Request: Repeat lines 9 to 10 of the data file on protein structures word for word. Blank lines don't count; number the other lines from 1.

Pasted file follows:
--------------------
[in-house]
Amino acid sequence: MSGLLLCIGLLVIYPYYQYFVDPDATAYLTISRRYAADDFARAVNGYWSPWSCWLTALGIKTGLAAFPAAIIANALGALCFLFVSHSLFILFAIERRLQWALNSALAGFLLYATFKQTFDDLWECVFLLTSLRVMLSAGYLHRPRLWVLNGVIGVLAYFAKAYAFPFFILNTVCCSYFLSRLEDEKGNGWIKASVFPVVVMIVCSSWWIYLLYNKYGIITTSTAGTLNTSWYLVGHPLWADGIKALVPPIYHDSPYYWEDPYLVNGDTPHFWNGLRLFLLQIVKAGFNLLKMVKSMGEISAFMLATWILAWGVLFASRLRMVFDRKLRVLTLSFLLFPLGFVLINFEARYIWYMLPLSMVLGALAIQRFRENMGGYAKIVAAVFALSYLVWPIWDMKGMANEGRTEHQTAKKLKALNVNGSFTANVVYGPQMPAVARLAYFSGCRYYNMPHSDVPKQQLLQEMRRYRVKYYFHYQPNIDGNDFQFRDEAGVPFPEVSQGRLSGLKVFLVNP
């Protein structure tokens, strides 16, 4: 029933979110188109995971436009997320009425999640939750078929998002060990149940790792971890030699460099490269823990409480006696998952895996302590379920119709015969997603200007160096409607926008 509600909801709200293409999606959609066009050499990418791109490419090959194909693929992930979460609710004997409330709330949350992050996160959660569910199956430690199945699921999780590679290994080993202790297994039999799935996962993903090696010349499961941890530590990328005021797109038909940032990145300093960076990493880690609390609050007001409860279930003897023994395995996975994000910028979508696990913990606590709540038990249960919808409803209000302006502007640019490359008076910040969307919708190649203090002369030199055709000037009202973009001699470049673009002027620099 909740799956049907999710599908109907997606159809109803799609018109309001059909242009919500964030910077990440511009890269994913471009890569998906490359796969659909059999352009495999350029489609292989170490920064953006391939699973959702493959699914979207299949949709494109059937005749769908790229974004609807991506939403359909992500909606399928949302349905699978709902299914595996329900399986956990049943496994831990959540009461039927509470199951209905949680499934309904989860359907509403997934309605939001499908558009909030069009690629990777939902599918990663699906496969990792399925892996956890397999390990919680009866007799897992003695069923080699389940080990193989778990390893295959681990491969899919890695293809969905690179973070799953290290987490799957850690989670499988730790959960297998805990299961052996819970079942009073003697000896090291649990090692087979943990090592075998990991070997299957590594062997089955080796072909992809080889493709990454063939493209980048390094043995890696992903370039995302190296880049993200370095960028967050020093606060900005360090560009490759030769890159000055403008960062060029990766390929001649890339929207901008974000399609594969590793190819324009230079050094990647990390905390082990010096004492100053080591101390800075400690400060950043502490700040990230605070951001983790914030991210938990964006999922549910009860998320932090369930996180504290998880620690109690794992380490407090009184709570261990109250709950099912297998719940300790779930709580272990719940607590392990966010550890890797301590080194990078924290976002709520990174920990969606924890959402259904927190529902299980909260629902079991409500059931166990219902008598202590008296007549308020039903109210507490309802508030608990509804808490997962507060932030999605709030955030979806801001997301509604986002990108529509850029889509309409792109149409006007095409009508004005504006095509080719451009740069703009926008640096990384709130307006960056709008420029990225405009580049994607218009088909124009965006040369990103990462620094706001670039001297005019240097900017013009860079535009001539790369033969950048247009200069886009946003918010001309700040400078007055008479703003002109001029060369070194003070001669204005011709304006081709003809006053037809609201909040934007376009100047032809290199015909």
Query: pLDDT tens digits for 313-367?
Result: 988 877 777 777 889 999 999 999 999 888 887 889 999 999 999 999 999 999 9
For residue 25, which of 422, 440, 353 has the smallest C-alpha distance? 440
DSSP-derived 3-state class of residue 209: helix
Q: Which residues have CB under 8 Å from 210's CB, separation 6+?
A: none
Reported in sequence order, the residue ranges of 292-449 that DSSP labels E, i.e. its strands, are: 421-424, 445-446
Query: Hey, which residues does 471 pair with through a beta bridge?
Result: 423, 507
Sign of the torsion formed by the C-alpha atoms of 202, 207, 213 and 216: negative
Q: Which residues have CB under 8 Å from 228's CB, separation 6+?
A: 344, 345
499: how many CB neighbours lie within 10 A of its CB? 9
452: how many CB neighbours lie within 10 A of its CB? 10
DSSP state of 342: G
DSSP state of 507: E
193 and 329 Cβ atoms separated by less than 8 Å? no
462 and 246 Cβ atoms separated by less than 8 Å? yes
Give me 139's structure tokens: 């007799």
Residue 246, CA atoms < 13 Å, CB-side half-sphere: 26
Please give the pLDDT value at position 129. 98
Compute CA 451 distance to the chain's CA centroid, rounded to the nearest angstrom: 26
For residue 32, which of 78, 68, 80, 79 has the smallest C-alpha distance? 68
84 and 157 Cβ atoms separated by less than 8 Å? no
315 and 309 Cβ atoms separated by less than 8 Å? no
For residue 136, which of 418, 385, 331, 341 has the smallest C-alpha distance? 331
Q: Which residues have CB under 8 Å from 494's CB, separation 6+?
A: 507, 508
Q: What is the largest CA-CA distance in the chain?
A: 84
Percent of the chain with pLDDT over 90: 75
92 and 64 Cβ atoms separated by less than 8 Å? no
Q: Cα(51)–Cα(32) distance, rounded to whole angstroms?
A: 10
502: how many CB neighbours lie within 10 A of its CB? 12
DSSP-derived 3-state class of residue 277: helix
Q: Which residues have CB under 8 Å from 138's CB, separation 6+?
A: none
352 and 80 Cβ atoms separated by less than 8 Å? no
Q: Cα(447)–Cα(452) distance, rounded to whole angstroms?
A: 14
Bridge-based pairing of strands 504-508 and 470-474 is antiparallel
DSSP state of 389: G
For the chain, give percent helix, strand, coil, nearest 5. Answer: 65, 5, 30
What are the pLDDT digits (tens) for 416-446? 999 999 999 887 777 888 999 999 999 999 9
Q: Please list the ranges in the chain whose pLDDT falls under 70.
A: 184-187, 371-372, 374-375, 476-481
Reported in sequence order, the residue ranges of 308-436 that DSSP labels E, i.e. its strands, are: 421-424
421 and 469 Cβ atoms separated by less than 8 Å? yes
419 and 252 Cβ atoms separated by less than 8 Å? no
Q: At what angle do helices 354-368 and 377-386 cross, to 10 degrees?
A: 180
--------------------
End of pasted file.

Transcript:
A: none
Reported in sequence order, the residue ranges of 292-449 that DSSP labels E, i.e. its strands, are: 421-424, 445-446